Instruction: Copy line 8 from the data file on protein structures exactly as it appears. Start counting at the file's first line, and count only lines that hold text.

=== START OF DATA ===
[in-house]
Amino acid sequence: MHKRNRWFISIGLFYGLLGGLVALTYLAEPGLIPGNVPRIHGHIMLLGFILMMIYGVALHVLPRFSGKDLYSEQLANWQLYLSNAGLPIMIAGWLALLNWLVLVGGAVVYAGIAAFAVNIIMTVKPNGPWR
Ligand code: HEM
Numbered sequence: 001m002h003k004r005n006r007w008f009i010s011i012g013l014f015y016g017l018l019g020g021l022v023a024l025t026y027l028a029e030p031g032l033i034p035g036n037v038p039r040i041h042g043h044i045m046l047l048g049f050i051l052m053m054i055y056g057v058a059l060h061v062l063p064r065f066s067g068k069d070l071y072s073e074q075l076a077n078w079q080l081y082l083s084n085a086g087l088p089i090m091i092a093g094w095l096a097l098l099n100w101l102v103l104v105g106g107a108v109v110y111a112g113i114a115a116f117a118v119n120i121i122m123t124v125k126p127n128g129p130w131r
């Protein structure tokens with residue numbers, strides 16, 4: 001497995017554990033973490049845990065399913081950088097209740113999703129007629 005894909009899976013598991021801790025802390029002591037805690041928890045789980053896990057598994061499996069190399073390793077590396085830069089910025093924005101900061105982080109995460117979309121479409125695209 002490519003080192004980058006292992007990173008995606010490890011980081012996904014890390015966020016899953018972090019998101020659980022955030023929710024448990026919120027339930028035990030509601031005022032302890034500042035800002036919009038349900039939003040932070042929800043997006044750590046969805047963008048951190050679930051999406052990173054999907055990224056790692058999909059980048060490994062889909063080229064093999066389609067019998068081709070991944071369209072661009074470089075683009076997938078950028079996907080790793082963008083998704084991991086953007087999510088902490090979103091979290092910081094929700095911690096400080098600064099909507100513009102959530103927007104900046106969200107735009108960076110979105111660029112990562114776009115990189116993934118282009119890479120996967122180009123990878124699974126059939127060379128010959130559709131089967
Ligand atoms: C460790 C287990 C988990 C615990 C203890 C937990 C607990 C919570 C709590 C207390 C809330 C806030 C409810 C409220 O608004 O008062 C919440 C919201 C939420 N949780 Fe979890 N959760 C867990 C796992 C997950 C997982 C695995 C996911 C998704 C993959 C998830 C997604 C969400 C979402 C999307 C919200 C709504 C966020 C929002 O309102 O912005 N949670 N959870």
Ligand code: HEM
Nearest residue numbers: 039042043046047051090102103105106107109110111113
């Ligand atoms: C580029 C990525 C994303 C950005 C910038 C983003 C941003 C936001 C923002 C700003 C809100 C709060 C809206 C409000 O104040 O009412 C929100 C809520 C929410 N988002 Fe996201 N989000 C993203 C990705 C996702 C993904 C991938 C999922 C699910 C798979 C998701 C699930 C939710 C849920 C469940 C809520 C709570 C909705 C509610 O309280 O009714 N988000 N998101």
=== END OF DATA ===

Nearest residue numbers: 039042043046047051090102103105106107109110111113